The Darwin Initiative Blog

Insights and personal musings from the world of biodiversity conservation and development. For more info on the Darwin Initiative see https://www.gov.uk/government/groups/the-darwin-initiative


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Life Below Water – Conserving Marine Areas

This is the second in our series of Darwin blogs celebrating the remarkable and innovative ways Darwin projects contribute to Sustainable Development Goal 14 – “Conserve and sustainably use the oceans, seas and marine resources for sustainable development”. Our last blog explored two projects in the Western Pacific’s Coral Triangle, working to minimise unsustainable shark fishing and implementing collaborative community schemes to better manage seagrass beds.

This blog looks at projects working to establish marine protected areas. With the first project, we travel to Belize and look at a protected area in the heart of the Mesoamerican Reef. From the Caribbean Sea we then move to the South Atlantic to learn about the Ascension Island Ocean Sanctuary Project and their plans to establish the largest marine reserve in the Atlantic.

Conservation and socioeconomic benefits of a marine protected area at Glover’s Atoll, Belize

Marine protected areas (MPAs) are now common, and have evoked considerable public interest. They have become one of the more popular tools within an ecosystem-based management approach because they are able to balance environmental health and biodiversity conservation with the socio-economic needs of fishing communities across the world’s oceans.

Areas within MPAs where all extractive use is prohibited are traditionally referred to as ‘no-take areas’. However in Belize the term ‘replenishment zone’ (RZ) has recently been adopted in place of ‘no-take zone’. ‘Replenishment zone’ has a less negative connotation for resource users concerned about being restricted from fishing in traditional waters.

Belize 22-014 Spiny lobster is the most important fishery and the largest seafood export for Belize, Credit - Alex Tewfik

Spiny lobster is the most important fishery and the largest seafood export for Belize, Credit – Alex Tewfik

This Darwin project, led by the WCS Belize Programme, works with fishers in Belize to ensure the long-term sustainability of the fisheries they rely on, particularly queen conch and Caribbean spiny lobster. The cooperation of local fishers is crucial, and so their perception of the role of these protected areas is pivotal to project success. Interventions are focused on the Glover’s Reef Atoll which has an area of 350 km2 and lies approximately 42 km east of the central Belizean mainland. This atoll is 1 of 7 protected areas that comprise the Belize Barrier Reef Reserve System, inscribed as a UNESCO World Heritage Site in 1996.

A study carried out through the project demonstrates the positive impact of protection within the RZ. Importantly they also identify the benefits of RZs for small scale fisher livelihoods. The benefits observed following the establishment and enforcement of the RZ at Glover’s Atoll have been supported by a broader set of fisheries conservation strategies, such as size limits, closed seasons, and species bans. The sustainability of this approach will be assured by continuing long-term community consultations that support the core objectives for the management of GRMR, enhancing economic benefits for Belizean fishers.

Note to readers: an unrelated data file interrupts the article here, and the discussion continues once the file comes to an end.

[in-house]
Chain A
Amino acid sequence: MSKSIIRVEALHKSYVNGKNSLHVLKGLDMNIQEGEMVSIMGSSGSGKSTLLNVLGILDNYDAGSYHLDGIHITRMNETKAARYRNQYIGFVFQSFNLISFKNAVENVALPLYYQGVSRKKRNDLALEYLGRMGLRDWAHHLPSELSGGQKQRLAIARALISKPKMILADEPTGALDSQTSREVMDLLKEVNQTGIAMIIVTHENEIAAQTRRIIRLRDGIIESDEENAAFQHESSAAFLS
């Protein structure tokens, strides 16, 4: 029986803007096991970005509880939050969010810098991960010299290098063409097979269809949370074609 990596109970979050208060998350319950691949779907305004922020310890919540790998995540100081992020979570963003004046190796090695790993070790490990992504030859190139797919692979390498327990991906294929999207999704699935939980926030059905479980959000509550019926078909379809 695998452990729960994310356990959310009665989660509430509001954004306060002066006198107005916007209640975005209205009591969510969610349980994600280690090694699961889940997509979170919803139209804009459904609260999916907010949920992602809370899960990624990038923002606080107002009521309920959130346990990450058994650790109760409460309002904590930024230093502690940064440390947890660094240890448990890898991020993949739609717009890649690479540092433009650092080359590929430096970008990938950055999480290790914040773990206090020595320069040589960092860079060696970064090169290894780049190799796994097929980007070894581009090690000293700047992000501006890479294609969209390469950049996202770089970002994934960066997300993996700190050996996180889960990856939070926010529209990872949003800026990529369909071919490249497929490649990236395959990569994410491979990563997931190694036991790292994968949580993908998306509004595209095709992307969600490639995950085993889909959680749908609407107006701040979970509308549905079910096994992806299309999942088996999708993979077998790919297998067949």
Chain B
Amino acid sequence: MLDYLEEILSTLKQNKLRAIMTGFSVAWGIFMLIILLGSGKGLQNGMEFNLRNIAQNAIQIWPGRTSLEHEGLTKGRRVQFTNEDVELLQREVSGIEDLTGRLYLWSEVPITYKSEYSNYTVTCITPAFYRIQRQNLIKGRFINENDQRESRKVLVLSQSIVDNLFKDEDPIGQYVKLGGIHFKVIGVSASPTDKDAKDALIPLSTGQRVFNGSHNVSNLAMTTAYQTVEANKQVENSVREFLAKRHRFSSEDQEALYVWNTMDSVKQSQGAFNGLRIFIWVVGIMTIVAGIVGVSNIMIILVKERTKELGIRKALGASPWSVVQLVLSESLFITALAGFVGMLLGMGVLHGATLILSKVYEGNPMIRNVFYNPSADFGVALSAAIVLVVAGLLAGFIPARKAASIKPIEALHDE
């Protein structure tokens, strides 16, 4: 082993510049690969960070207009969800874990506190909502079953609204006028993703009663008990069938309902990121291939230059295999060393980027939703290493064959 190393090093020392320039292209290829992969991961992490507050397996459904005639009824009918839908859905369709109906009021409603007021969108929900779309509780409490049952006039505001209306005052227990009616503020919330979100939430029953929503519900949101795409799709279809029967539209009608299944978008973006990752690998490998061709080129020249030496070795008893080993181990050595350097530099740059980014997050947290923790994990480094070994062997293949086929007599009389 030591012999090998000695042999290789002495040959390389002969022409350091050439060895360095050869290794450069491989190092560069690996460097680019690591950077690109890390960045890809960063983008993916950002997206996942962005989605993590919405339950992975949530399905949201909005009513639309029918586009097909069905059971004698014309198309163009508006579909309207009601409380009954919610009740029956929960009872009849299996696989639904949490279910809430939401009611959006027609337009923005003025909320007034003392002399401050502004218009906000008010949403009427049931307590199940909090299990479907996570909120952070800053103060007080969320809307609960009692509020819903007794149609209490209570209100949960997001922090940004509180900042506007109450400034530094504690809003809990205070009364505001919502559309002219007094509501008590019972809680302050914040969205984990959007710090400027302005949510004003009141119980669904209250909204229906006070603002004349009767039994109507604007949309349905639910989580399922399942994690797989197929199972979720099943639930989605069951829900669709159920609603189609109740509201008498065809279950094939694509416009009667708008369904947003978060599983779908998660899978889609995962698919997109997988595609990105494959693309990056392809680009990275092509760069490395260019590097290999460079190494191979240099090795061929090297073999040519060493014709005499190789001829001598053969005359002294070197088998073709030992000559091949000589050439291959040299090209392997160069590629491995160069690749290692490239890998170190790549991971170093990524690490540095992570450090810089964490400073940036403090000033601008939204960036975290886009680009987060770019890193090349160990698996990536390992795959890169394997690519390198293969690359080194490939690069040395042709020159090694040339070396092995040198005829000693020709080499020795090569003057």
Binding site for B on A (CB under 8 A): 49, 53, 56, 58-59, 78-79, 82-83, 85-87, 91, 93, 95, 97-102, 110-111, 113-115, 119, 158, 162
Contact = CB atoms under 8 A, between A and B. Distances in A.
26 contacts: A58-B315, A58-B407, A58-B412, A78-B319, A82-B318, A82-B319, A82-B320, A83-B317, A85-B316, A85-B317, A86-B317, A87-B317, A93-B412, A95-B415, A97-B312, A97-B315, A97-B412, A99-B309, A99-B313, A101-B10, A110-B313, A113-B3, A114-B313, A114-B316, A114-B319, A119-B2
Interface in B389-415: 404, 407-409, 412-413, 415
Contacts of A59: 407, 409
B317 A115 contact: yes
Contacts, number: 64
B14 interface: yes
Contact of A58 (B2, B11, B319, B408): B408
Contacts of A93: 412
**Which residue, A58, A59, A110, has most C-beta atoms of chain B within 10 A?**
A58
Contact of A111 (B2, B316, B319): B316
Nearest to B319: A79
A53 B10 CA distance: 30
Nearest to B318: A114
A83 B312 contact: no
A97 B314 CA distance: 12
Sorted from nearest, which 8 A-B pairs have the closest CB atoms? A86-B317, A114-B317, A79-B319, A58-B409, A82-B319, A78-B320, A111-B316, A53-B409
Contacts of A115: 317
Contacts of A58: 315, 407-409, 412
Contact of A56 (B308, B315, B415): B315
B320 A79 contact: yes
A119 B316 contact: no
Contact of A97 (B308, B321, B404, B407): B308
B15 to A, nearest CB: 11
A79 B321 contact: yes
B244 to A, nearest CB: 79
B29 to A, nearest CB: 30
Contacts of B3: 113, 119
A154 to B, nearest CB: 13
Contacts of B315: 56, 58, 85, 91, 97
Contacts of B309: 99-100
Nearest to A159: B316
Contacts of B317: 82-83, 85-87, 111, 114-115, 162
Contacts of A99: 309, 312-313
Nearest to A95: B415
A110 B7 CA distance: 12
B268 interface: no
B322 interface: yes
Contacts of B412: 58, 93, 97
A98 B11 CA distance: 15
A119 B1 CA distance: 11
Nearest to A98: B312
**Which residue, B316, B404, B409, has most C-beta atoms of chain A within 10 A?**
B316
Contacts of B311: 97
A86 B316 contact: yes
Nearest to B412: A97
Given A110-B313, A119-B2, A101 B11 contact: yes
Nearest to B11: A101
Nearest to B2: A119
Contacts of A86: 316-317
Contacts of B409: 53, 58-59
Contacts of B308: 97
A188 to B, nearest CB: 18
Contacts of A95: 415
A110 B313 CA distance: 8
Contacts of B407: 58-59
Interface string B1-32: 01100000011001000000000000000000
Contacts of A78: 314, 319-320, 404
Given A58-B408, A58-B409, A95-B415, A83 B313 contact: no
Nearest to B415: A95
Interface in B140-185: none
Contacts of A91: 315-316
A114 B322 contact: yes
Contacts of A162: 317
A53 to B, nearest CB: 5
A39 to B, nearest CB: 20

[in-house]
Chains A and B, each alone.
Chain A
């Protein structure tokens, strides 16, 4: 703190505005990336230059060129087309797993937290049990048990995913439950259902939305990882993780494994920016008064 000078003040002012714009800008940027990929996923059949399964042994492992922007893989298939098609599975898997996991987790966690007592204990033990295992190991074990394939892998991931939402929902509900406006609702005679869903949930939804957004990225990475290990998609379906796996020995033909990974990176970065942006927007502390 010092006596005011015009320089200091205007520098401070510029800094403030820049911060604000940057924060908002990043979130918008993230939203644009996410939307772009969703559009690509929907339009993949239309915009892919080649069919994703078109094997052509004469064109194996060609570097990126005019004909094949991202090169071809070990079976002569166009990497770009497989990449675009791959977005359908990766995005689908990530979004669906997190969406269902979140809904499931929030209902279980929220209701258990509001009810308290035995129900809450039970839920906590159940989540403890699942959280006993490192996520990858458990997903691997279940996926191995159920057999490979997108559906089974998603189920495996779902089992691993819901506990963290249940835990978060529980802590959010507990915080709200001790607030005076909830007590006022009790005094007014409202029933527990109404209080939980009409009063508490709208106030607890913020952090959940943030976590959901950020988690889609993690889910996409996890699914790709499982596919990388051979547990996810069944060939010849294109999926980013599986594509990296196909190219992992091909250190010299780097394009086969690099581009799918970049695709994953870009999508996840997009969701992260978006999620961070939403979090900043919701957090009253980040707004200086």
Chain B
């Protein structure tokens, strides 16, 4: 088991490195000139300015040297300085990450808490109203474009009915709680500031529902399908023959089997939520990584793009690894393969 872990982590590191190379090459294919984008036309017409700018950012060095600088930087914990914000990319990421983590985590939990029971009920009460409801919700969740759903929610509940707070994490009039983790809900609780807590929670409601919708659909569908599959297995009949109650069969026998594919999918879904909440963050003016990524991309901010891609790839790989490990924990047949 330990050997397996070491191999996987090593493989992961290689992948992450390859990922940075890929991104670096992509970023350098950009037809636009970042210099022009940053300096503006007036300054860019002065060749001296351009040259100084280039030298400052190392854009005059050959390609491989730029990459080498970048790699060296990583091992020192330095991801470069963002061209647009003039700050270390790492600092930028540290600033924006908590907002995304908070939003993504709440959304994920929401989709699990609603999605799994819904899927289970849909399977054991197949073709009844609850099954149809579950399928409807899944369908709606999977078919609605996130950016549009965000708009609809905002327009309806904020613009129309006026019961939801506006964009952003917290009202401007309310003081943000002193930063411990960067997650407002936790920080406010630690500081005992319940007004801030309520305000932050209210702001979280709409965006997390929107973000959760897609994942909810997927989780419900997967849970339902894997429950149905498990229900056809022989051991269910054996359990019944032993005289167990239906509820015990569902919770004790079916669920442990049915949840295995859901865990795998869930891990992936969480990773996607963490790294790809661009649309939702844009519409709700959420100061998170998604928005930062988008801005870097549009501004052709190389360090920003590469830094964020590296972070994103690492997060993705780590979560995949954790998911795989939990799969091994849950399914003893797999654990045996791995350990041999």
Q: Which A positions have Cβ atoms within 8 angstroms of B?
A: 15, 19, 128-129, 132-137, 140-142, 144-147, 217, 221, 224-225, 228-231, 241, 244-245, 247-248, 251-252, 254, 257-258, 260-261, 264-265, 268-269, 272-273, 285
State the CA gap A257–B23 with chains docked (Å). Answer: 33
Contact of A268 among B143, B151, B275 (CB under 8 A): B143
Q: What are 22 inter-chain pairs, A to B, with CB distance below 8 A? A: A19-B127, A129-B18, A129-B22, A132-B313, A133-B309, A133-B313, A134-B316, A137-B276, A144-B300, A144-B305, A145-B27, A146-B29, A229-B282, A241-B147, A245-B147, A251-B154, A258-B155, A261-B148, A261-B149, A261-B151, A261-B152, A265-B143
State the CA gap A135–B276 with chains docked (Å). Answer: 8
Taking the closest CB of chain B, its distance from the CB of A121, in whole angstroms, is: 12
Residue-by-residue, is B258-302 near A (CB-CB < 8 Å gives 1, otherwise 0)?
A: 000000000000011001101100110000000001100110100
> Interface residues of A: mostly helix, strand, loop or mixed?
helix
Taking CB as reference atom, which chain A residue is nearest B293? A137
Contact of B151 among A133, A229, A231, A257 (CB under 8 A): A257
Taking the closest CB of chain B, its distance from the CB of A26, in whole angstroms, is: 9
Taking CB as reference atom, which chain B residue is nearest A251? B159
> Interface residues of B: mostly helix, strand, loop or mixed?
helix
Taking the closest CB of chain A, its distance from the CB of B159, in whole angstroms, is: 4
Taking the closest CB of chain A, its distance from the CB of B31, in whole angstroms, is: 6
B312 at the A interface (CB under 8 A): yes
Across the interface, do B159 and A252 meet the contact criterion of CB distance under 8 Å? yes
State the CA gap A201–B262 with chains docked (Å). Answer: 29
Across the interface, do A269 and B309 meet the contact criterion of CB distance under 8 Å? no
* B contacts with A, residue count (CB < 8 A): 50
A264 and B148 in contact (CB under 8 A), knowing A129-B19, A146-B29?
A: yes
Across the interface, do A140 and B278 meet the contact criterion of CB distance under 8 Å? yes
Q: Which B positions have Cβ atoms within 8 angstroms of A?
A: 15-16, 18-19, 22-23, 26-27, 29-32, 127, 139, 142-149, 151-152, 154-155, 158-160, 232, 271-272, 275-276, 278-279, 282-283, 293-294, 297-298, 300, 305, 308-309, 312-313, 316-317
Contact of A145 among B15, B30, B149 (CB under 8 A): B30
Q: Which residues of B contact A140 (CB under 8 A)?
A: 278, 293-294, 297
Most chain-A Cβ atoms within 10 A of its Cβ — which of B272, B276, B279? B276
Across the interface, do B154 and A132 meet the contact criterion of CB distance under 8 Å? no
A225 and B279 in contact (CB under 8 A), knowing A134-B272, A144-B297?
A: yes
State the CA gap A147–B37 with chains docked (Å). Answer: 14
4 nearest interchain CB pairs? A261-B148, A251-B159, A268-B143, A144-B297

The results of this research (published in Marine Ecology Progress Series) will also be used to inform the ever-evolving conservation and management strategies employed by WCS across Belize. Ultimately the aim is to achieve a balance between biodiversity and ecosystem services protection, including fisheries and tourism-based livelihoods. Doing so will help to secure the future of the UNESCO World Heritage Site, the Belize Barrier Reef System, and will generate findings with broader applicability across the Mesoamerican Reef.

Belize 22-014 A free diver searches for Queen Conch within Glover's atoll lagoon ,Credit - Alex Tewfik cropped

A free diver searches for Queen Conch within Glover’s Atoll lagoon, Credit – Alex Tewfik

The Ascension Island Ocean Sanctuary: Planning for the Atlantic’s largest marine reserve

Although many people would struggle to find it on a map, the remote UK Overseas Territory of Ascension Island is on the verge of entering the ‘big league’ of ocean conservation, joining such notable company as the Great Barrier Reef and the Galapagos Islands as home to one of the world’s largest marine reserves.

The intention to close at least 50% of Ascension’s 440,000 km2 exclusive economic zone (EEZ) to all forms of commercial fishing by 2019 was formally announced by the UK Government at the UN Our Oceans summit in September 2016 and will establish the largest fully no-take MPA in the Atlantic Ocean. Providing the scientific and technical data to support these decisions is currently the focus of a Darwin Plus project led by the Ascension Island Government Conservation & Fisheries Department and the University of Exeter.

The Ascension Island Ocean Sanctuary (ASIOS) Project aims to address many of the challenges and controversies common to all remote, large-scale MPAs: How can it be enforced? How effectively will it conserve the highly mobile species of the open ocean? How do we measure its success? The project is also responding to the mandate of local and UK Government stakeholders to assess whether an economically-viable and well-managed fishery can coexist with a future MPA in a portion of the EEZ, and, if so, which areas should be protected.

Galapagos DPLUS063 Aggregation of Galapagos sharks, Credit - Ascension Island Government Conservation and Fisheries Dept

A Galapagos shark being released after fitting acoustic tag, Credit – British Antarctic Survey

Oceanic islands and seamounts are known to be hotspots of abundance and diversity for pelagic species and are obvious focal points for the creation of marine reserves. In order to better understand the scale of their ‘bio-aggregating’ effect, the ASIOS project team surveyed the biodiversity of three previously unstudied seamounts lying 260-320 km to the south and west of Ascension. To determine how large an area needs protecting, the expedition set out to measure how the abundance and diversity of marine life at all levels of the food chain varies with distance from each mount, as well as mapping the movements of individual top predators associated with them. These datasets will hopefully provide a rare insight into the “biodiversity footprint” of a tropical seamount system that can contribute to MPA planning on Ascension and beyond.